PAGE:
BIRMINGHAM, Ala. — A line of severe storms swept across the Southeast on Thursday, damaging homes and businesses in at least three states. No injuries were reported.
An apparent tornado wrecked a shopping area in Mississippi and strong winds flipped a mobile home in Alabama. In south-central Tennessee, at least four homes and a few barns were damaged. Portions of Alabama remained under tornado watches until early Thursday evening.
In Alabama, at least 15 school systems released students early, while others held students late as squalls passed. Winds blew a piece of metal roofing off Hamilton High School, about 90 miles northwest of Birmingham.
"For 10 minutes, it was pretty good wind with lightning and thunder and rain blowing sideways," said Todd Page, who works at a car dealership in Hamilton.
There were no confirmed reports of tornadoes in Alabama but winds gusting up to 60 mph flipped a mobile home, said George Grabryan, emergency management director in Lauderdale County. A house and a building in the rural county were also damaged.
In Tupelo, Miss., an apparent tornado wrecked a furniture store where William Felks and Allan Jackson had to brace themselves during the storm.
"Me and Allan hid behind a door, and I was holding on to his belt as tight as I could. Then in seconds it stopped," Felks told the Northeast Mississippi Daily Journal. "It took less than a minute to mess this whole building up. Man, I was scared."
A home improvement store and a farm supply retailer near Tupelo were also damaged, said Paul Harkins, Lee County's director of emergency communications. "There were power lines and trees down around it and a car was lifted off the ground and pushed into a tree," Harkins said.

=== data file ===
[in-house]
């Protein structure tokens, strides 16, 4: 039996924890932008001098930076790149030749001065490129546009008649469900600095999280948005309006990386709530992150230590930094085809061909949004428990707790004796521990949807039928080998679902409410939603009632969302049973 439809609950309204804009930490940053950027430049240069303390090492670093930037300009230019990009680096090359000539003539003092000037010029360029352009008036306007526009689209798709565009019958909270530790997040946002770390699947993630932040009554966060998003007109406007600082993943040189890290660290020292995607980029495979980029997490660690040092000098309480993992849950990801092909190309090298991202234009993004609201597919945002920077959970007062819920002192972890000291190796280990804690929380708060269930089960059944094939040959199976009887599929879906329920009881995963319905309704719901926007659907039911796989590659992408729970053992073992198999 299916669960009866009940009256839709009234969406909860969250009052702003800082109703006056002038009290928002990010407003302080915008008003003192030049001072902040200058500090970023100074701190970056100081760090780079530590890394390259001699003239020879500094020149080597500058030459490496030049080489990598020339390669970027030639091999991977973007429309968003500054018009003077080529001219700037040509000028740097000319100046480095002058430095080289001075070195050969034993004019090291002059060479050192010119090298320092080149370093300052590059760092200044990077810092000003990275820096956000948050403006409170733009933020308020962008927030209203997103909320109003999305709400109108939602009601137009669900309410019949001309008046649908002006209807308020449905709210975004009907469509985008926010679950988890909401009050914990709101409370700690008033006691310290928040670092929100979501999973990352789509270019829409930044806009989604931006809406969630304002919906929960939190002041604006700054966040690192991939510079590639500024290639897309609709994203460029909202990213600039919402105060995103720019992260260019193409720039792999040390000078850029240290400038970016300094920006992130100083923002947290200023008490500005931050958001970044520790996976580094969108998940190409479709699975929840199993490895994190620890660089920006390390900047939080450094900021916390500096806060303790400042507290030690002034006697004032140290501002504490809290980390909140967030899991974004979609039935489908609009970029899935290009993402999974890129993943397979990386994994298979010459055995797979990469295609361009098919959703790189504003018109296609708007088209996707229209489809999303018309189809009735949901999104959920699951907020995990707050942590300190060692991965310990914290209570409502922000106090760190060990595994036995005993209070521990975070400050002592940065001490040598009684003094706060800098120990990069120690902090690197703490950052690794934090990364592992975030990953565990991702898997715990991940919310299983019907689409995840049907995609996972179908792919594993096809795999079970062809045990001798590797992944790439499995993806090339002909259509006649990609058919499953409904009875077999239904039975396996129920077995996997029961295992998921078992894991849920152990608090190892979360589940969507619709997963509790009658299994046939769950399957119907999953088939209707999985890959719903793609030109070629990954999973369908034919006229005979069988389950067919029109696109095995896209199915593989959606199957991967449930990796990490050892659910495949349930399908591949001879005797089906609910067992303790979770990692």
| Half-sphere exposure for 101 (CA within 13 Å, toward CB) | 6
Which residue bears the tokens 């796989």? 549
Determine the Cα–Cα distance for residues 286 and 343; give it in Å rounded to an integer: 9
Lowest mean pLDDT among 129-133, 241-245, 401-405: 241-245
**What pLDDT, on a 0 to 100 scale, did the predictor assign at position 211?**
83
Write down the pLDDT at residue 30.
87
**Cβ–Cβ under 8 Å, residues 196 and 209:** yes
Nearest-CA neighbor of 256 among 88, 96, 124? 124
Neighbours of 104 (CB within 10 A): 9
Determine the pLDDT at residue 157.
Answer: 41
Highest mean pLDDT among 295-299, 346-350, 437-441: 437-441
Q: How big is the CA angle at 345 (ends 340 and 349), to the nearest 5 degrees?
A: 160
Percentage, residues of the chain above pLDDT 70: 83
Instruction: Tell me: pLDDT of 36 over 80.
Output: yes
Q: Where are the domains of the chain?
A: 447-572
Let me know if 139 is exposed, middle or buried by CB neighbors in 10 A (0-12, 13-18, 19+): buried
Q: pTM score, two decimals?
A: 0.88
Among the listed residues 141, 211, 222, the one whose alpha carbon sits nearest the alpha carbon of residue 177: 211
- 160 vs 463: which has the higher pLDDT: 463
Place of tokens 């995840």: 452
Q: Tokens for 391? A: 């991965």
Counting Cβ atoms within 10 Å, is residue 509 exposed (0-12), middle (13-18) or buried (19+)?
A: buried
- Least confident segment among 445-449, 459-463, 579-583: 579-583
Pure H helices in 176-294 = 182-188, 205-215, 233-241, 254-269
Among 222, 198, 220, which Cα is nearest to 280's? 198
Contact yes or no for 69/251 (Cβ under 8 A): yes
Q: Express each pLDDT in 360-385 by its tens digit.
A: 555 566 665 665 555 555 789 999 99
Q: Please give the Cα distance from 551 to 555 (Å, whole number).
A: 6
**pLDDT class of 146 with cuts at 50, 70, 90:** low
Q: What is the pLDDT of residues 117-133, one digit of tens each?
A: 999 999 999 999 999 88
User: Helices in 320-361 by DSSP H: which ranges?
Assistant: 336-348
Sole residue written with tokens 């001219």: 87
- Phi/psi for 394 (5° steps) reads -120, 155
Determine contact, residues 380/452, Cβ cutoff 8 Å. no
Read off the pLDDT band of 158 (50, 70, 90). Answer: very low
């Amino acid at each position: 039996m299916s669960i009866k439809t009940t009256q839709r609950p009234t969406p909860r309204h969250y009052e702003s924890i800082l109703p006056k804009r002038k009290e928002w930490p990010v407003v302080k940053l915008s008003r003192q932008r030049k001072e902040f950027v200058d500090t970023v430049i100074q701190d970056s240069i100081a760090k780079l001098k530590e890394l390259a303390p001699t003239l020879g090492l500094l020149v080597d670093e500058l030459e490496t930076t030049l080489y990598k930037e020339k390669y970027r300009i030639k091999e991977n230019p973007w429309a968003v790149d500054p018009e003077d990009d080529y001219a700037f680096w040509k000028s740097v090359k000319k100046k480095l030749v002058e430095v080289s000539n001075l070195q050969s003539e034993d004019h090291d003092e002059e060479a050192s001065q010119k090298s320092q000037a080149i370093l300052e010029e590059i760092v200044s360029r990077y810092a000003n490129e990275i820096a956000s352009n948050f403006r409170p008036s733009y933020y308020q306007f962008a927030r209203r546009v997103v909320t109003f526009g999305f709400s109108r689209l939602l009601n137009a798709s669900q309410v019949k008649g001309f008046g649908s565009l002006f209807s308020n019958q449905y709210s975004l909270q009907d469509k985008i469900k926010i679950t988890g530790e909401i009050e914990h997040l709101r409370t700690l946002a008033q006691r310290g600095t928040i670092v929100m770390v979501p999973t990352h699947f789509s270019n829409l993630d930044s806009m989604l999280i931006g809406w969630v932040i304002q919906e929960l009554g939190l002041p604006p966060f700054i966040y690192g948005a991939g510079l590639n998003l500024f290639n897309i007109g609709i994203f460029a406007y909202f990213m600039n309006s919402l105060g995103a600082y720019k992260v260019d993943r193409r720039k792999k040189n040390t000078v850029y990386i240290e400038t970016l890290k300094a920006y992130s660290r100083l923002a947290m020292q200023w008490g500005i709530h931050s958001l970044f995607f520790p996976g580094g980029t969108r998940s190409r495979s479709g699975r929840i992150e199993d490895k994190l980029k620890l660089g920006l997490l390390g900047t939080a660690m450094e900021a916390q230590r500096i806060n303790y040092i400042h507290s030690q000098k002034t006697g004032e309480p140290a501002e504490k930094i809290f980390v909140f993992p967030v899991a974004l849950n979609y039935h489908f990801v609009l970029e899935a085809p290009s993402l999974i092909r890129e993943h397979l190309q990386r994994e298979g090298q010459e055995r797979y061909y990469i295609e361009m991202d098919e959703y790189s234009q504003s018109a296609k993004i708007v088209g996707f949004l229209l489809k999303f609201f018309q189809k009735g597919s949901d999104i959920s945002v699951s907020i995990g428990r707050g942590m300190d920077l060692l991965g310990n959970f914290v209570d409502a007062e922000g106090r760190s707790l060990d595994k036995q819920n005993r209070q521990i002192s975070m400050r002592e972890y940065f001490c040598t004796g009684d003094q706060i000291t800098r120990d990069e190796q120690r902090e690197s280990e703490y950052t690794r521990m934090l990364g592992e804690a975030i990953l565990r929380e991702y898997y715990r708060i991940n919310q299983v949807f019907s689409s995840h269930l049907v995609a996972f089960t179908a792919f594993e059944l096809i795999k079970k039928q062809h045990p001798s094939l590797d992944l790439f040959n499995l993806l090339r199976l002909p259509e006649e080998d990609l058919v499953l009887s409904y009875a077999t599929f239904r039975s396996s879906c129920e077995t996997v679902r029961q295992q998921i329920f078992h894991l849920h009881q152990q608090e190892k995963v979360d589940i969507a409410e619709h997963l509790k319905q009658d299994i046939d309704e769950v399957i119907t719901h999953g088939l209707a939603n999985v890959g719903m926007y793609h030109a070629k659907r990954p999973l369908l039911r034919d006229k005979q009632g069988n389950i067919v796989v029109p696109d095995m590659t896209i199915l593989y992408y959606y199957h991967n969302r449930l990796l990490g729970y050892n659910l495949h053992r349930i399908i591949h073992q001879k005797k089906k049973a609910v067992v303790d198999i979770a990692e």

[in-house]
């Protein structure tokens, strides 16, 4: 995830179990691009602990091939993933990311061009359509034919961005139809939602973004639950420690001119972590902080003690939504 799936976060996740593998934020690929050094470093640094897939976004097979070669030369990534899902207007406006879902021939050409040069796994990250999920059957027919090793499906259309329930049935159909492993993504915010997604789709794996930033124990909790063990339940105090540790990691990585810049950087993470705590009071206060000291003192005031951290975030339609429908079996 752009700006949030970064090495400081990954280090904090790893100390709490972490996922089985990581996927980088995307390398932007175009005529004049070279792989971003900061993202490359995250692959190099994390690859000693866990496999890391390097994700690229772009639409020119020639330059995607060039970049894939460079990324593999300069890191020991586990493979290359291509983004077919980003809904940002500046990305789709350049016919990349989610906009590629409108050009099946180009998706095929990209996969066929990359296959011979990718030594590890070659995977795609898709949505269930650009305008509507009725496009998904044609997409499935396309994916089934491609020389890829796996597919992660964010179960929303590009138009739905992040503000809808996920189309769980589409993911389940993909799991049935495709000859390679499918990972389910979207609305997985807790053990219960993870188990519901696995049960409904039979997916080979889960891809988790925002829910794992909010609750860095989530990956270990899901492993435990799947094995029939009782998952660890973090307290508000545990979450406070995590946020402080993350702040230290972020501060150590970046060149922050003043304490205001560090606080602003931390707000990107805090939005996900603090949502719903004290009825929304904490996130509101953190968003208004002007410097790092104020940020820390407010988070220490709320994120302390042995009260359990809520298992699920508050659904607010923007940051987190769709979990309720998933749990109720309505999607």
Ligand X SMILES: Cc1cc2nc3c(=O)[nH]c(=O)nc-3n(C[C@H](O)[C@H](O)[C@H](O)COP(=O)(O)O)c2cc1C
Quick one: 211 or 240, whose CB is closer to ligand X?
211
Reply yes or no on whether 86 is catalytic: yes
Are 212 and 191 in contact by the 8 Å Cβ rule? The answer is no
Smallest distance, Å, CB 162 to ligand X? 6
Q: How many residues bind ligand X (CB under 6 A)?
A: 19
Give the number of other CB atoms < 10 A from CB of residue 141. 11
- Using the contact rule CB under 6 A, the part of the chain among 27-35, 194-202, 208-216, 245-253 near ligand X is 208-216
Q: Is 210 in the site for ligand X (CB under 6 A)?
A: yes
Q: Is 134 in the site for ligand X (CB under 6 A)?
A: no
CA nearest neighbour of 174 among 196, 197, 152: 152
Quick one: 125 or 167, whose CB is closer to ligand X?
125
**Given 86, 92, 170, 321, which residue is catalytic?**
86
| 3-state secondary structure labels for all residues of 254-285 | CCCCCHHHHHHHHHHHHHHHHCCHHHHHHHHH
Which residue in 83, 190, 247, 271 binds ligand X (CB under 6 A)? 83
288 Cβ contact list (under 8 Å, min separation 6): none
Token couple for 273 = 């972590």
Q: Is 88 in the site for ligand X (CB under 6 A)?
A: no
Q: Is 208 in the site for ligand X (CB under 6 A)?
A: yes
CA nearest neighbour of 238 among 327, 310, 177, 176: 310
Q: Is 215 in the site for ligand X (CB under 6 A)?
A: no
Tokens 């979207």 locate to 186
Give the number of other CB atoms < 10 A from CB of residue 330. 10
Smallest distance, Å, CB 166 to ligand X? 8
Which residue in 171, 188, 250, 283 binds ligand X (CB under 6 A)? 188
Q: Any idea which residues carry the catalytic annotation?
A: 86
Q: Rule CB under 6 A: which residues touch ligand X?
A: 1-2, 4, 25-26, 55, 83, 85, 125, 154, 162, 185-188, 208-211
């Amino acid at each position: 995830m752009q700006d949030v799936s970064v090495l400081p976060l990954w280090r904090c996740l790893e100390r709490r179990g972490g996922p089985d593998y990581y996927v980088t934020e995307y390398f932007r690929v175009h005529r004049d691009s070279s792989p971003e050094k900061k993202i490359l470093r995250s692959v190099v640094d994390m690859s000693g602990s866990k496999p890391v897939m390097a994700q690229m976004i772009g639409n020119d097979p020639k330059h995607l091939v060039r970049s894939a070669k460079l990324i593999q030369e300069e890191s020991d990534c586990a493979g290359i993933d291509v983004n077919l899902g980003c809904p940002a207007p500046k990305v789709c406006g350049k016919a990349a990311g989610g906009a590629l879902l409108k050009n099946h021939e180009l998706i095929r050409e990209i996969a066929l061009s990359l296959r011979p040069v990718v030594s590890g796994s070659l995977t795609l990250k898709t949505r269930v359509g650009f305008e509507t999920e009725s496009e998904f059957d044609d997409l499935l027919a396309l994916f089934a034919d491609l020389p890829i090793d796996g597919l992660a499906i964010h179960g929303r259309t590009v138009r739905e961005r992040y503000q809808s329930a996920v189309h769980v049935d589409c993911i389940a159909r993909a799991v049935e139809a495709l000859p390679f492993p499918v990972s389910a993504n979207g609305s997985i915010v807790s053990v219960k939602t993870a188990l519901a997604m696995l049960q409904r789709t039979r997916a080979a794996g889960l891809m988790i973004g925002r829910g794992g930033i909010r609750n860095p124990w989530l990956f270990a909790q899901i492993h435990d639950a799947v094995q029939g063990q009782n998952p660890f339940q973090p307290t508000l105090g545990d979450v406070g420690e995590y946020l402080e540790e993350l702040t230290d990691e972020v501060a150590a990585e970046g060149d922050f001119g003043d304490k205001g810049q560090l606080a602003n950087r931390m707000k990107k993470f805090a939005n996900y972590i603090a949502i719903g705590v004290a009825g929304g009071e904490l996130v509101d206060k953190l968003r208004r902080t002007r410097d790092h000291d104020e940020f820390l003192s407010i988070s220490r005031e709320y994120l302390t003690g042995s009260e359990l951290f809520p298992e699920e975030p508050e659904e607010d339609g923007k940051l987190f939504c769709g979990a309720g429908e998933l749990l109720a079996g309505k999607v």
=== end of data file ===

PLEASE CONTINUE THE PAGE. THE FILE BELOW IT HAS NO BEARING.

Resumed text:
The same weather system struck Oklahoma a day earlier.
Severe weather experts there picked through debris and damage Thursday to determine whether tornadoes touched down after severe storms moved through the state, toppling trees and knocking out power to thousands of people.
A tornado reported near the southern Oklahoma town of Paoli apparently picked up a mobile home off the ground with a woman and her son inside, said Garvin County Emergency Management Director Buck Pearson.
The woman, Cindy Ward, suffered some broken toes and was bruised, but the boy was not hurt. Ward managed to get her son into an interior closet just before the storm hit the home.
"There was no shaking, no rattling, no sound like a freight train," Ward told the Pauls Valley Daily Democrat. "It wasn't a calm before the storm. It just pickled it up and slammed it down. The only noise we heard was 'kaboom' when the house landed."
Associated Press writers Sean Murphy in Oklahoma City and Chris Talbott in Jackson, Miss., contributed to this report.